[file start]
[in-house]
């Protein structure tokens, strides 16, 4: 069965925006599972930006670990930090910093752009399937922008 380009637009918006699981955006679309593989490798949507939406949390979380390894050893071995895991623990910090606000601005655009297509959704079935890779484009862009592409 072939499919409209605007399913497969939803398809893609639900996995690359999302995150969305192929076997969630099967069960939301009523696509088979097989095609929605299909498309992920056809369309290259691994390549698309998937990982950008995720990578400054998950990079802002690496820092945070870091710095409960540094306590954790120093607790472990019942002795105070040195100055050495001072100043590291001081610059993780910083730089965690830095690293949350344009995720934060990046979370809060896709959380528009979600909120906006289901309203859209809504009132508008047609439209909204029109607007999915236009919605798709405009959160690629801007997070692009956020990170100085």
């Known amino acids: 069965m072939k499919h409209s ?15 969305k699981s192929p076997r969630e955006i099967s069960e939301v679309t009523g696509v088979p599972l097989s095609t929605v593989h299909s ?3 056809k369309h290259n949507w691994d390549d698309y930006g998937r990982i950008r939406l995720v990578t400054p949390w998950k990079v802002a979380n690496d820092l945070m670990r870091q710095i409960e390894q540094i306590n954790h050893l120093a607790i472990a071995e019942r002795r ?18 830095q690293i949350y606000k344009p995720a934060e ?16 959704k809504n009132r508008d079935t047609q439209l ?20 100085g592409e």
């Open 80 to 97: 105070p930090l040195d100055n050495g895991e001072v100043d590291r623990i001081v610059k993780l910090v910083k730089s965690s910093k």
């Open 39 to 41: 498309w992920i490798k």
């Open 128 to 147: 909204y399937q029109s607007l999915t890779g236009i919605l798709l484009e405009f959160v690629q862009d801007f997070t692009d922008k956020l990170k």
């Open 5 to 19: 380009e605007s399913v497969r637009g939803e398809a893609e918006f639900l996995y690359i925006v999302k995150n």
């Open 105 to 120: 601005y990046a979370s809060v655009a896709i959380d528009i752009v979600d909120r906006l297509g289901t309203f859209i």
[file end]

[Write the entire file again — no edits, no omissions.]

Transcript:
[in-house]
């Protein structure tokens, strides 16, 4: 069965925006599972930006670990930090910093752009399937922008 380009637009918006699981955006679309593989490798949507939406949390979380390894050893071995895991623990910090606000601005655009297509959704079935890779484009862009592409 072939499919409209605007399913497969939803398809893609639900996995690359999302995150969305192929076997969630099967069960939301009523696509088979097989095609929605299909498309992920056809369309290259691994390549698309998937990982950008995720990578400054998950990079802002690496820092945070870091710095409960540094306590954790120093607790472990019942002795105070040195100055050495001072100043590291001081610059993780910083730089965690830095690293949350344009995720934060990046979370809060896709959380528009979600909120906006289901309203859209809504009132508008047609439209909204029109607007999915236009919605798709405009959160690629801007997070692009956020990170100085």
């Known amino acids: 069965m072939k499919h409209s ?15 969305k699981s192929p076997r969630e955006i099967s069960e939301v679309t009523g696509v088979p599972l097989s095609t929605v593989h299909s ?3 056809k369309h290259n949507w691994d390549d698309y930006g998937r990982i950008r939406l995720v990578t400054p949390w998950k990079v802002a979380n690496d820092l945070m670990r870091q710095i409960e390894q540094i306590n954790h050893l120093a607790i472990a071995e019942r002795r ?18 830095q690293i949350y606000k344009p995720a934060e ?16 959704k809504n009132r508008d079935t047609q439209l ?20 100085g592409e």
């Open 80 to 97: 105070p930090l040195d100055n050495g895991e001072v100043d590291r623990i001081v610059k993780l910090v910083k730089s965690s910093k």
């Open 39 to 41: 498309w992920i490798k």
């Open 128 to 147: 909204y399937q029109s607007l999915t890779g236009i919605l798709l484009e405009f959160v690629q862009d801007f997070t692009d922008k956020l990170k």
């Open 5 to 19: 380009e605007s399913v497969r637009g939803e398809a893609e918006f639900l996995y690359i925006v999302k995150n």
């Open 105 to 120: 601005y990046a979370s809060v655009a896709i959380d528009i752009v979600d909120r906006l297509g289901t309203f859209i």